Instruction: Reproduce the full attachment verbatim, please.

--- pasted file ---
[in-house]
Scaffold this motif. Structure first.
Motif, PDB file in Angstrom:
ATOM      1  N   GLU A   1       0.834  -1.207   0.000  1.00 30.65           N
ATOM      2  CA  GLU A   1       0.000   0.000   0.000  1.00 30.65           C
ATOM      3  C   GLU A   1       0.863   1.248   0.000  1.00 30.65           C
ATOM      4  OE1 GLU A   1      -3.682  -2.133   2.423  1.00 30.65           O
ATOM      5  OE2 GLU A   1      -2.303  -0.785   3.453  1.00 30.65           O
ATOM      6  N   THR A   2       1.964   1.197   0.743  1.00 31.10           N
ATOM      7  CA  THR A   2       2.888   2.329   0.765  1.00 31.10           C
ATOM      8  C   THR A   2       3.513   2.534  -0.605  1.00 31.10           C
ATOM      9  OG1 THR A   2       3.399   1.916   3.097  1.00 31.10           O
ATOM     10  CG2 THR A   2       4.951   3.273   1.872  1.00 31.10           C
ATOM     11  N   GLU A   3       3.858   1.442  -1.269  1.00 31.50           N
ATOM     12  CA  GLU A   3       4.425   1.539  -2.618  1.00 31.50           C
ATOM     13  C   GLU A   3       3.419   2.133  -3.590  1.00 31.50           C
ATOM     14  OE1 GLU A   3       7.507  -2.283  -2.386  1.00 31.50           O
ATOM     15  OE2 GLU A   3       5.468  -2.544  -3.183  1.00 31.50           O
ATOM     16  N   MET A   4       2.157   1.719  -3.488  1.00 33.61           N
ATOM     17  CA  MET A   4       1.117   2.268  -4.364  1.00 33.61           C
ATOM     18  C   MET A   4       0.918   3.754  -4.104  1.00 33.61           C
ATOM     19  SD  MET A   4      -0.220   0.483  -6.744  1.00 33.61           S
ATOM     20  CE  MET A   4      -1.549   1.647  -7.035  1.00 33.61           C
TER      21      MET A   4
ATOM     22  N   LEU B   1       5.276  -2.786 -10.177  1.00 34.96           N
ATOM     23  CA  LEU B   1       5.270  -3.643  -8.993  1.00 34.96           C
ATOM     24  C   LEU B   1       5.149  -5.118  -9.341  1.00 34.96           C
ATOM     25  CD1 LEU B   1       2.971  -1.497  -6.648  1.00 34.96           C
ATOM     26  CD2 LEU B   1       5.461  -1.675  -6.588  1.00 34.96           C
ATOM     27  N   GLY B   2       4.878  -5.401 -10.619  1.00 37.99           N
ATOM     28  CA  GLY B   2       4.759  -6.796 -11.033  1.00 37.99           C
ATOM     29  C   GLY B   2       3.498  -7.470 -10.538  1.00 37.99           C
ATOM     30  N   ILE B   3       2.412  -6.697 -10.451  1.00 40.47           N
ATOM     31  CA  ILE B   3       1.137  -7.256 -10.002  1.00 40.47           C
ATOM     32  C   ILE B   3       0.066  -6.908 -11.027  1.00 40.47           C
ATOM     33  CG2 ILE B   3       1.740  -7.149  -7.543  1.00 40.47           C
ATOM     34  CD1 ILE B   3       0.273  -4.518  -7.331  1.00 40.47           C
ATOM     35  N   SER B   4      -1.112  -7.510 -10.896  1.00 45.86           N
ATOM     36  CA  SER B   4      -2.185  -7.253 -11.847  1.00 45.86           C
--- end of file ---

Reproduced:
[in-house]
Scaffold this motif. Structure first.
Motif, PDB file in Angstrom:
ATOM      1  N   GLU A   1       0.834  -1.207   0.000  1.00 30.65           N
ATOM      2  CA  GLU A   1       0.000   0.000   0.000  1.00 30.65           C
ATOM      3  C   GLU A   1       0.863   1.248   0.000  1.00 30.65           C
ATOM      4  OE1 GLU A   1      -3.682  -2.133   2.423  1.00 30.65           O
ATOM      5  OE2 GLU A   1      -2.303  -0.785   3.453  1.00 30.65           O
ATOM      6  N   THR A   2       1.964   1.197   0.743  1.00 31.10           N
ATOM      7  CA  THR A   2       2.888   2.329   0.765  1.00 31.10           C
ATOM      8  C   THR A   2       3.513   2.534  -0.605  1.00 31.10           C
ATOM      9  OG1 THR A   2       3.399   1.916   3.097  1.00 31.10           O
ATOM     10  CG2 THR A   2       4.951   3.273   1.872  1.00 31.10           C
ATOM     11  N   GLU A   3       3.858   1.442  -1.269  1.00 31.50           N
ATOM     12  CA  GLU A   3       4.425   1.539  -2.618  1.00 31.50           C
ATOM     13  C   GLU A   3       3.419   2.133  -3.590  1.00 31.50           C
ATOM     14  OE1 GLU A   3       7.507  -2.283  -2.386  1.00 31.50           O
ATOM     15  OE2 GLU A   3       5.468  -2.544  -3.183  1.00 31.50           O
ATOM     16  N   MET A   4       2.157   1.719  -3.488  1.00 33.61           N
ATOM     17  CA  MET A   4       1.117   2.268  -4.364  1.00 33.61           C
ATOM     18  C   MET A   4       0.918   3.754  -4.104  1.00 33.61           C
ATOM     19  SD  MET A   4      -0.220   0.483  -6.744  1.00 33.61           S
ATOM     20  CE  MET A   4      -1.549   1.647  -7.035  1.00 33.61           C
TER      21      MET A   4
ATOM     22  N   LEU B   1       5.276  -2.786 -10.177  1.00 34.96           N
ATOM     23  CA  LEU B   1       5.270  -3.643  -8.993  1.00 34.96           C
ATOM     24  C   LEU B   1       5.149  -5.118  -9.341  1.00 34.96           C
ATOM     25  CD1 LEU B   1       2.971  -1.497  -6.648  1.00 34.96           C
ATOM     26  CD2 LEU B   1       5.461  -1.675  -6.588  1.00 34.96           C
ATOM     27  N   GLY B   2       4.878  -5.401 -10.619  1.00 37.99           N
ATOM     28  CA  GLY B   2       4.759  -6.796 -11.033  1.00 37.99           C
ATOM     29  C   GLY B   2       3.498  -7.470 -10.538  1.00 37.99           C
ATOM     30  N   ILE B   3       2.412  -6.697 -10.451  1.00 40.47           N
ATOM     31  CA  ILE B   3       1.137  -7.256 -10.002  1.00 40.47           C
ATOM     32  C   ILE B   3       0.066  -6.908 -11.027  1.00 40.47           C
ATOM     33  CG2 ILE B   3       1.740  -7.149  -7.543  1.00 40.47           C
ATOM     34  CD1 ILE B   3       0.273  -4.518  -7.331  1.00 40.47           C
ATOM     35  N   SER B   4      -1.112  -7.510 -10.896  1.00 45.86           N
ATOM     36  CA  SER B   4      -2.185  -7.253 -11.847  1.00 45.86           C